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“The fog got progressively worse and race director Eduardo Freitas called for a red flag early in the second hour”

The somewhat unusual situation here was that the time continued to tick away even under red flag conditions, effectively shortening the actual race. This meant that there was the possibility of the teams only being given 50% of the points if it would have been permanently stopped before it had reached 75% of its duration. Happily, this wasn’t the case and the race cars only encountered one extra safety car period before breaching into the second half. The No. 8 Toyota of Kazuki Nakajima had almost 45 seconds worth of lead over the No. 1 Porsche while Jose-Maria Lopez was third in the trouble-hit No. 7. The car’s wiper malfunctioned which caused a blinded Kamui Kobayashi to leave the island. The event pushed Team Gazoo Racing to change the TS050s steering wheel at the pit stop that followed.

Toyota’s luck turned around late in the race with the advent of the second red flag. This was called by race control with one hour and 40 minutes left on the clock, also for fog. The tricky thing on this occasion was that there was so much inconsistency with this element of nature – sometimes you could see almost all the way to turn one while other times you could barely see 10-15 feet in front of you, and sometimes this change occurred within a few laps.


2017 Six Hours of Fuji - Race Report - image 739251
“The No. 8 car of Nakajima, Buemim and Anthony Davidson finished ahead of the No. 7 sister car”

That’s why this second red flag period was never lifted, although Freitas tried to restart the race for a 10-minutes shootout but it was already getting wetter, besides being foggy as per usual. Once more due to the pit stops cycles Toyota was in front when the red flag was waved and so they wounded up on the winner’s podium. The No. 8 car of Nakajima, Buemi and Anthony Davidson (who, on his return to the tea, didn’t even get to turn a wheel in the race) finished ahead of the sister No. 7.

This was Toyota’s third win of the year and it keeps both the drivers’and manufacturer’s titles alive, at least mathematically speaking. It also occurred on the third occasion that a WEC race was shortened due to bad weather, one of the two others taking place at Fuji as well. This is because the race is put in a period of generally treacherous weather in the Japanese area – although last year there was no rain.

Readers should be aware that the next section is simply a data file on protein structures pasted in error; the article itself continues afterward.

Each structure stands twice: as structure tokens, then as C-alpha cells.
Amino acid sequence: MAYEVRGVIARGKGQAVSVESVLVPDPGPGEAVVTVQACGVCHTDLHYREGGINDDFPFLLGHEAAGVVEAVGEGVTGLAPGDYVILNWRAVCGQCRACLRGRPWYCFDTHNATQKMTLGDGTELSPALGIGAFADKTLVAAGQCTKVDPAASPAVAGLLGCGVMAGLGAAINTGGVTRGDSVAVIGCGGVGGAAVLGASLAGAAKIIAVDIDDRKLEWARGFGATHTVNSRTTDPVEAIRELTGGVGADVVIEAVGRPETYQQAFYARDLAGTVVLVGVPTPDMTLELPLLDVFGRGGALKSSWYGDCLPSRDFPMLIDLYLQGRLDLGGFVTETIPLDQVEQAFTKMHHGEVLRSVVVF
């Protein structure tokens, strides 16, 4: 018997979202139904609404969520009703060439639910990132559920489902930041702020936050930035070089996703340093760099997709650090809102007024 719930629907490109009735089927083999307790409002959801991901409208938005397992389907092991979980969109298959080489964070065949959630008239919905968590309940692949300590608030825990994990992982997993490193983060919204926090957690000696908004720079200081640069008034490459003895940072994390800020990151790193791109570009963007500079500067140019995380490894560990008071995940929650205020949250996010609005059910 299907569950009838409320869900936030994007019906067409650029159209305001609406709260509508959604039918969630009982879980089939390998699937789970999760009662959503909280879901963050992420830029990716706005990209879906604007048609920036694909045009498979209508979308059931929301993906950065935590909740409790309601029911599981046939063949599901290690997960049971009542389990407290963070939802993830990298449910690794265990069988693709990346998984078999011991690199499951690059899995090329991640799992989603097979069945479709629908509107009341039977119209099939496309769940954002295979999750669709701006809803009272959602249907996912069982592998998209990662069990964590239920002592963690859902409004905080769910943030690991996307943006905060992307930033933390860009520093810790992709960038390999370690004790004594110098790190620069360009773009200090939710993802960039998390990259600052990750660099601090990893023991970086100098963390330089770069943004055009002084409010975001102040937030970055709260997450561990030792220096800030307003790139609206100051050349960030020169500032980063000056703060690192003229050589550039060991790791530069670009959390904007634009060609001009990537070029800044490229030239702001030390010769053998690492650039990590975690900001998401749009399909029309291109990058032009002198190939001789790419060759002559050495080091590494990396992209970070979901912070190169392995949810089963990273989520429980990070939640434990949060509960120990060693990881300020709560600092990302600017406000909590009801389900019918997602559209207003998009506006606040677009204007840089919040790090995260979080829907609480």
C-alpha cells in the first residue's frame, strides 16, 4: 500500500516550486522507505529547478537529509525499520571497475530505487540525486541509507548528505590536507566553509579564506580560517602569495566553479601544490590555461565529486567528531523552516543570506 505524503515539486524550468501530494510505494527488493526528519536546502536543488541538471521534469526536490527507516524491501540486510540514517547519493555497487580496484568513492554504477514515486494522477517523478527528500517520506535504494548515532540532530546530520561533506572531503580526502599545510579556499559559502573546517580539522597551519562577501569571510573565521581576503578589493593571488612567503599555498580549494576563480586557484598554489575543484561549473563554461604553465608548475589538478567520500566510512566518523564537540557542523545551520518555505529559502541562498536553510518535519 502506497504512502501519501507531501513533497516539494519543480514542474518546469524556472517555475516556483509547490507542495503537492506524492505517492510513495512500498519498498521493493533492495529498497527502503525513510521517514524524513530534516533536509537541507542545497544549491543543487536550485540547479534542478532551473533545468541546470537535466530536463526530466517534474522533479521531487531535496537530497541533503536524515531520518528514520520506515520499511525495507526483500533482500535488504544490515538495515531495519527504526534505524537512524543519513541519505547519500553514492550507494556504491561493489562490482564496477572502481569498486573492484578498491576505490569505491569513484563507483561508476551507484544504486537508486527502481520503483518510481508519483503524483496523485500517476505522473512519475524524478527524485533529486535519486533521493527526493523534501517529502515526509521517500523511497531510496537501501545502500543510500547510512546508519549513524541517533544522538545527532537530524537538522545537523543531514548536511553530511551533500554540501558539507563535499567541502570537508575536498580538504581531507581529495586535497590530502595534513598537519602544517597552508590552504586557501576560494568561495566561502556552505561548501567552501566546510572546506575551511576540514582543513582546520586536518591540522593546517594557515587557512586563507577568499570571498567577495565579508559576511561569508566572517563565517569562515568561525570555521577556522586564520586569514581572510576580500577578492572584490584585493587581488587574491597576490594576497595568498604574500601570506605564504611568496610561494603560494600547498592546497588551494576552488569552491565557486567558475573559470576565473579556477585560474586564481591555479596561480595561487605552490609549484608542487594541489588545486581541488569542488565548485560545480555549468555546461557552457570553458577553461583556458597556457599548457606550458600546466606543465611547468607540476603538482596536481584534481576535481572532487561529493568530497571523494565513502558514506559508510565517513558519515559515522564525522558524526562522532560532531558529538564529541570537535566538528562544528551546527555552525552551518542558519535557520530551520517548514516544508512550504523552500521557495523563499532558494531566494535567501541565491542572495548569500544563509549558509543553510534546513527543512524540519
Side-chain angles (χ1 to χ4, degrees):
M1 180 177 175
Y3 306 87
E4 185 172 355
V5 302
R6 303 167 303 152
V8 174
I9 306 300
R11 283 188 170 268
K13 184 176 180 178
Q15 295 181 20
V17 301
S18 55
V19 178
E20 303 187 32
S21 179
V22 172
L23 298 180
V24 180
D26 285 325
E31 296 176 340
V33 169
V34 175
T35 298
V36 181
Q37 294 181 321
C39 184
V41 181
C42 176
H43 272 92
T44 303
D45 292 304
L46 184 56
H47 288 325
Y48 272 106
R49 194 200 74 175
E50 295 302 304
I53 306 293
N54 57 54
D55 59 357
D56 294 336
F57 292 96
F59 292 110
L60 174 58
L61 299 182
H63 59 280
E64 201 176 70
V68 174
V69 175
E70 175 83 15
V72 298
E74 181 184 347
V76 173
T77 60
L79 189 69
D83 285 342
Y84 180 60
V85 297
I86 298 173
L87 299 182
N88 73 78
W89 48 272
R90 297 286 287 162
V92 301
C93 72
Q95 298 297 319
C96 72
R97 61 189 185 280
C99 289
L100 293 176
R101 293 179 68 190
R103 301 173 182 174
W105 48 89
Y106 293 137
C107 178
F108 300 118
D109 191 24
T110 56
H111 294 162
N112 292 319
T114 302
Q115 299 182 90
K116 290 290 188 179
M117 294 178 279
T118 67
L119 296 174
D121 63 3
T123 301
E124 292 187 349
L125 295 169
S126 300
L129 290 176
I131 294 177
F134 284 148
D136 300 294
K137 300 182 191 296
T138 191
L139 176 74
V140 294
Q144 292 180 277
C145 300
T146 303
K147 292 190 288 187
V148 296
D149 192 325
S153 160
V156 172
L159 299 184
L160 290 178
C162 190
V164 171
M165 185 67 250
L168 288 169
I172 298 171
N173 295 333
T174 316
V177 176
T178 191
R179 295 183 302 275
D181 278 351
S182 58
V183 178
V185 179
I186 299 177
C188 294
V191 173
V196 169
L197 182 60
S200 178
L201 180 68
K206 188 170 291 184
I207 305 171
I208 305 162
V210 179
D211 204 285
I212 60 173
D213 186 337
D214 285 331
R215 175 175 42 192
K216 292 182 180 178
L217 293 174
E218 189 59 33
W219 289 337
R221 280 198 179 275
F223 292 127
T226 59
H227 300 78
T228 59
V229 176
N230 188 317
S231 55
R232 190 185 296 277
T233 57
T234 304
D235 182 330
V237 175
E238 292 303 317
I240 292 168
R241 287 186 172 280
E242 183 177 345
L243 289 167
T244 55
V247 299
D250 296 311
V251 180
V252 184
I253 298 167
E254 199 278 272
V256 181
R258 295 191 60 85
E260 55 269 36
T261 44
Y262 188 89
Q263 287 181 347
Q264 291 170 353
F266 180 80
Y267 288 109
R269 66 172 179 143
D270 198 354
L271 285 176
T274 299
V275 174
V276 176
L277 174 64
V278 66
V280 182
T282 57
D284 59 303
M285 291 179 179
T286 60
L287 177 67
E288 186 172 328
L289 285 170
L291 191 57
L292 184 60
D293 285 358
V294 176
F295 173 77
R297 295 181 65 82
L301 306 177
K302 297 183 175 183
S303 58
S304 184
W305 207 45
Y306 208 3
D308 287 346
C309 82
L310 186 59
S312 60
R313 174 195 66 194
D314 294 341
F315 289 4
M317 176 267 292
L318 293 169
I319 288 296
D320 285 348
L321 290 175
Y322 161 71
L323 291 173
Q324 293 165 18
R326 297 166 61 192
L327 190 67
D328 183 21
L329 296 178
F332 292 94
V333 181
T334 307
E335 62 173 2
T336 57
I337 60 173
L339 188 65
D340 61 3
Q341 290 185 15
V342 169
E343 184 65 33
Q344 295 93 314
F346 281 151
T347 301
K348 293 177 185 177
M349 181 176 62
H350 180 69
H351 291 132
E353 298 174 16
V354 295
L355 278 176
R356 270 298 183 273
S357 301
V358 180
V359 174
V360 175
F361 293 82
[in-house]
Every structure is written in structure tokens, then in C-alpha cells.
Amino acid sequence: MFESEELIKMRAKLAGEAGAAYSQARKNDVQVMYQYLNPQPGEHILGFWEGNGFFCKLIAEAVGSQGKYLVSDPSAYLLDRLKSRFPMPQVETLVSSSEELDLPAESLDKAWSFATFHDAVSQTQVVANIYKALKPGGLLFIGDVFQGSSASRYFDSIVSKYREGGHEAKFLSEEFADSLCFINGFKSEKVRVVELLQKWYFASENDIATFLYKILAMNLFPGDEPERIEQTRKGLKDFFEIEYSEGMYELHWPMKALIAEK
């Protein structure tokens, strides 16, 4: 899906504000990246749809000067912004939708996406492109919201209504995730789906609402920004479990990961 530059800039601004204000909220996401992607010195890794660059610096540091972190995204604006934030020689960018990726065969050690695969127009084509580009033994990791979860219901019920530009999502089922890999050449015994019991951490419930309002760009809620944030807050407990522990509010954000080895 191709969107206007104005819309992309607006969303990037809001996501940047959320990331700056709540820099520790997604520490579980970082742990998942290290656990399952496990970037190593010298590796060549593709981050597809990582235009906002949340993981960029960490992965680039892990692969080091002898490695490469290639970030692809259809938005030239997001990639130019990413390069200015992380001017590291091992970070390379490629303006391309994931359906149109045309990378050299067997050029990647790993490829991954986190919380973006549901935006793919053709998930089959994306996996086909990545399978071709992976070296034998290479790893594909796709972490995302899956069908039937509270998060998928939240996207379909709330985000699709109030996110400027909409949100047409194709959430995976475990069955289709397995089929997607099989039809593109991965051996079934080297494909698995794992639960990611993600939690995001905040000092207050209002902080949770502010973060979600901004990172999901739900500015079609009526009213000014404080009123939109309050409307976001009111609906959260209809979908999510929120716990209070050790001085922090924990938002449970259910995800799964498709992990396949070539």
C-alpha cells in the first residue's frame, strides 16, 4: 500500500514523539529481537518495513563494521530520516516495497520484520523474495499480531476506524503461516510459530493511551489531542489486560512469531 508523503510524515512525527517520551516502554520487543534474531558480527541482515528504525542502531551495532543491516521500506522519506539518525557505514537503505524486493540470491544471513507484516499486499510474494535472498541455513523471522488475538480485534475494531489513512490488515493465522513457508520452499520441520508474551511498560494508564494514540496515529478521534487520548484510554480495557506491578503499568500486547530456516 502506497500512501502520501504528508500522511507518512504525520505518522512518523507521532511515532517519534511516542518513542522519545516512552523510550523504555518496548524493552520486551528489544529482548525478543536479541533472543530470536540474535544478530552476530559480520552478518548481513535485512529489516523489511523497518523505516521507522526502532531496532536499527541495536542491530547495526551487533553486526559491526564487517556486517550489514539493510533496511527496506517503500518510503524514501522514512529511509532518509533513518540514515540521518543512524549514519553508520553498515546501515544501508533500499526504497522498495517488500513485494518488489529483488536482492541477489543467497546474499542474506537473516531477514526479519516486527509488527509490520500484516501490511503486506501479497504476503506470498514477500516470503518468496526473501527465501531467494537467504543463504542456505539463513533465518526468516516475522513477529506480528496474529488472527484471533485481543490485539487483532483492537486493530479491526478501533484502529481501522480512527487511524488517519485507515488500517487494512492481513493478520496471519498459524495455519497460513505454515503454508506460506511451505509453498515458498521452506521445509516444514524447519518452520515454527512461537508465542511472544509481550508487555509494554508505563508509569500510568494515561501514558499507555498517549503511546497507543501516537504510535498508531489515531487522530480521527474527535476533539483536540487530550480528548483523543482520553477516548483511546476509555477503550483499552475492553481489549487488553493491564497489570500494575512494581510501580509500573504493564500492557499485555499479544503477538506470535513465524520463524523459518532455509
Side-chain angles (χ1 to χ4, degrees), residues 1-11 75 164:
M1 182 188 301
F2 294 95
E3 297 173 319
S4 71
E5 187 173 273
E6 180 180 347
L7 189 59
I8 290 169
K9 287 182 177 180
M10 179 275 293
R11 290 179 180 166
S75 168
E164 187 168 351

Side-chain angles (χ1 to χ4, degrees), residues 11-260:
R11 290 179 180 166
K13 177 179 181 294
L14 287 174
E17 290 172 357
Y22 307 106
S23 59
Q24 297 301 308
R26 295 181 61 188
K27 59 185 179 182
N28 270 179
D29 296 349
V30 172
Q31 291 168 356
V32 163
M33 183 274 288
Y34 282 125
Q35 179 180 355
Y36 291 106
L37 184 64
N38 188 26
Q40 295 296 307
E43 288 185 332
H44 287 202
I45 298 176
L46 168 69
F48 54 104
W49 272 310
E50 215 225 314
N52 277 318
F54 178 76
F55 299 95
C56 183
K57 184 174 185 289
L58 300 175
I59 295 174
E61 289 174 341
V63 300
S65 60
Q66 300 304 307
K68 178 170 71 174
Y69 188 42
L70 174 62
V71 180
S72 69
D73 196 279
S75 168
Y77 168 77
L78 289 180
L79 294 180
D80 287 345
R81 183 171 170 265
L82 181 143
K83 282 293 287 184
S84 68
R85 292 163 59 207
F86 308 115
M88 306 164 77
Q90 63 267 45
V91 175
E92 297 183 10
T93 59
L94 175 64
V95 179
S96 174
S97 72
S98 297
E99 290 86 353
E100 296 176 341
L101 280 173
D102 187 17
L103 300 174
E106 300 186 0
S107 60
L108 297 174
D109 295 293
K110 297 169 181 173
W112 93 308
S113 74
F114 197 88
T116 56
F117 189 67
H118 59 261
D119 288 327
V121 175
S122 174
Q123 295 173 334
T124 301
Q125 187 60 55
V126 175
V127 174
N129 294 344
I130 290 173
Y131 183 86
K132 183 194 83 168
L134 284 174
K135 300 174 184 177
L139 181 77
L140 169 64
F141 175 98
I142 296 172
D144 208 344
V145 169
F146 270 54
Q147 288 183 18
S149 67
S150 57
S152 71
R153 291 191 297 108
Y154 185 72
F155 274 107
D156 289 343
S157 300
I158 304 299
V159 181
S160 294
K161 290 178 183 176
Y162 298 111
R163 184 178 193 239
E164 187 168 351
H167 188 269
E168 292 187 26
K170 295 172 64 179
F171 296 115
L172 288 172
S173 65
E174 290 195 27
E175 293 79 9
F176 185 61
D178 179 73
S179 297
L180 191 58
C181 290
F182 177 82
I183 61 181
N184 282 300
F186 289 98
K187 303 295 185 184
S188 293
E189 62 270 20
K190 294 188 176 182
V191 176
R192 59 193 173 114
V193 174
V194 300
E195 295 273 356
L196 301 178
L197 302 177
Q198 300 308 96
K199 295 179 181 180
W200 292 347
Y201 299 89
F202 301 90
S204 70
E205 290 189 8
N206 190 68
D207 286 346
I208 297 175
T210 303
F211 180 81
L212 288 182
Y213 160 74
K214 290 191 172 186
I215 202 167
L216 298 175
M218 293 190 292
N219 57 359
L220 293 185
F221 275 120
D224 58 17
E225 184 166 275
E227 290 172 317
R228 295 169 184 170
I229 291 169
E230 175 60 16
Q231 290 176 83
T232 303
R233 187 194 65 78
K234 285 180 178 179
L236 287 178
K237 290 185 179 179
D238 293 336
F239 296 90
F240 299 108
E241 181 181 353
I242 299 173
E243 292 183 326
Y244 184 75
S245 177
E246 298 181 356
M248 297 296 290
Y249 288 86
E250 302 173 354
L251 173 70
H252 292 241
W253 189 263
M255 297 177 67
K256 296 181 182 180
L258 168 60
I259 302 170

Porsche finished third and fourth after a troubled run. The No. 1 car came back up the order after contact with Buemi made Lotterer lose time. The champion car of last year finished third ahead of the championship-leading No. 2 which was fourth after Timo Bernhard lost a lap due to dismal pace and a misjudged green flag pit stop.

LMP1 Results

Pos No. Team Drivers Car Laps
1 8 Toyota Gazoo Racing Buemi / Davidson / Nakajima Toyota TS050 – Hybrid 113
2 7 Toyota Gazoo Racing Conway / Kobayashi / Lopez Toyota TS050 – Hybrid 113
3 1 Porsche LMP Team Jani / Lotterer / Tandy Porsche 919 Hybrid 113
4 2 Porsche LMP Team Bernhard / Bamber / Hartley Porsche 919 Hybrid 112

LMP2

“The No. 31 ORECA led a dominant performance from Bart Hayden’s outfit which was close to a 1-2 at a certain point”

Nico Prost, Bruno Senna and Julien Canal were first in line when the second and last red flag was shown and thus won the junior prototype division. The No. 31 ORECA led a dominant performance from Bart Hayden’s outfit which was close to a 1-2 at a certain point. The championship-leading No. 38 Jackie Chan DC Racing car had to settle for third, which minimizes ever so slightly their advantage at the top of the standings. It’s notable that both Julien Canal Thomas Laurent, their crews’ respective silver rated drivers did not actually drive in the event but are poised to get the points earned by their team-mates due to the circumstances.

Second place in the P2 class went to Signatech-Alpine. The No. 36 Alpine A470 of Gustavo Menezes, Nicolas Lapierre and Andre Negrao managed to claw their way back to the front after a difficult start. TDS Racing had their honor reinstated after the poor qualifying session with a fourth place finish in class for Francois Perrodo, Emmanuel Collard and Matthieu Vaxiviere. Fifth in class was the Manor car No. 24 of Matt Rao, Ben Hanley and Jean-Eric Vergne.

Top 5 LMP2 Results

Pos No. Team Drivers Car Laps
1 31 Vaillante Rebellion Canal / Prost / Senna Oreca 07 – Gibson 110
2 36 Signatech Alpine Matmut Lapierre / Menezes / Negrao Alpine A470 – Gibson 110
3 38 Jackie Chan DC Racing Tung / Jarvis / Laurent Oreca 07 – Gibson 110
4 28 TDS Racing Perrodo / Vaxiviere / Collard Oreca 07 – Gibson 110
5 24 CEFC Manor TRS Racing Rao / Hanley / Vergne Oreca 07 – Gibson 110

GTE-Pro

“The No. 51 AF Corse drivers scored back to back wins and take over the lead in the driver’s title chase”

James Calado and Alessandro Pier Guidi found themselves at the sharp end of the Pro field when the race was interrupted (never to be resumed) with less than two hours left to go. The No. 51 AF Corse drivers thus scored back to back wins and take over the lead in the driver’s title chase. That’s also thanks to a frustrating race for former championship leader, Harry Tincknell and Andy Priaulx. The Ford drivers first received a drive-through penalty. After that early offense, Priaulx found himself overwhelmed by the conditions and had to offs aboard the No. 67 which ultimately was scored eight (and last) in class. The two Britons head to China third in the standings.